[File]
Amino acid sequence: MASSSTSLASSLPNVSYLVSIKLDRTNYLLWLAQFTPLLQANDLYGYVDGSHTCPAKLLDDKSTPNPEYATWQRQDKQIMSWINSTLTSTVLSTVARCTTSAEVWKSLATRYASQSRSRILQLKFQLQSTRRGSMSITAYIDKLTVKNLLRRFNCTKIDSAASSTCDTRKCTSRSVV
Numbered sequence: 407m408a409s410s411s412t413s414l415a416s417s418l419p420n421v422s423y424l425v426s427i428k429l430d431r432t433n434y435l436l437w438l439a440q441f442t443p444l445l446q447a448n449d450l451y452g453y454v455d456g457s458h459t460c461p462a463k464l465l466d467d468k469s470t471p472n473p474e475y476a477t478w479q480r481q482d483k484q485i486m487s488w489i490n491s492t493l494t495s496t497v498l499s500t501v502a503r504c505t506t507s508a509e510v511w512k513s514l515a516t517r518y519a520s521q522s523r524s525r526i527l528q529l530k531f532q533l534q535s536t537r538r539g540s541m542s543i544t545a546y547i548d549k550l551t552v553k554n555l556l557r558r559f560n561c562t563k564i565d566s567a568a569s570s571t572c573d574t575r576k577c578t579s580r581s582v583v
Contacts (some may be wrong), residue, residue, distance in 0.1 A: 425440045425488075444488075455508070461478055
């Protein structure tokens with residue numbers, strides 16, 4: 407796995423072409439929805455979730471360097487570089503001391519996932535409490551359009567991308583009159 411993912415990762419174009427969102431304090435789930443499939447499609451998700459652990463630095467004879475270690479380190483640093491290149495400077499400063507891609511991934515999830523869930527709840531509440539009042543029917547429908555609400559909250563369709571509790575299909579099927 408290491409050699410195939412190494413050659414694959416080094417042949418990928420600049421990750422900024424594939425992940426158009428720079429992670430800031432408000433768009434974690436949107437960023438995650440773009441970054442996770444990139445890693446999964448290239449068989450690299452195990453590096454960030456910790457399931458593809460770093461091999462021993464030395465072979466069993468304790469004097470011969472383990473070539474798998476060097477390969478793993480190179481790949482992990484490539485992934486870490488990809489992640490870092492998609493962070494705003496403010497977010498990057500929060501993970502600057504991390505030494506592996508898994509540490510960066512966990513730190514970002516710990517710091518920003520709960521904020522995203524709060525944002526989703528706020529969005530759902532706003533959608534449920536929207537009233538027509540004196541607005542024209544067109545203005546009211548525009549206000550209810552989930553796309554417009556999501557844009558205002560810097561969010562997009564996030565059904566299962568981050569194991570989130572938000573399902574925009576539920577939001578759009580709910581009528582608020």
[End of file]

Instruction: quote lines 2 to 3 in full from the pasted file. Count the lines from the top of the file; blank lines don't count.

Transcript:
Numbered sequence: 407m408a409s410s411s412t413s414l415a416s417s418l419p420n421v422s423y424l425v426s427i428k429l430d431r432t433n434y435l436l437w438l439a440q441f442t443p444l445l446q447a448n449d450l451y452g453y454v455d456g457s458h459t460c461p462a463k464l465l466d467d468k469s470t471p472n473p474e475y476a477t478w479q480r481q482d483k484q485i486m487s488w489i490n491s492t493l494t495s496t497v498l499s500t501v502a503r504c505t506t507s508a509e510v511w512k513s514l515a516t517r518y519a520s521q522s523r524s525r526i527l528q529l530k531f532q533l534q535s536t537r538r539g540s541m542s543i544t545a546y547i548d549k550l551t552v553k554n555l556l557r558r559f560n561c562t563k564i565d566s567a568a569s570s571t572c573d574t575r576k577c578t579s580r581s582v583v
Contacts (some may be wrong), residue, residue, distance in 0.1 A: 425440045425488075444488075455508070461478055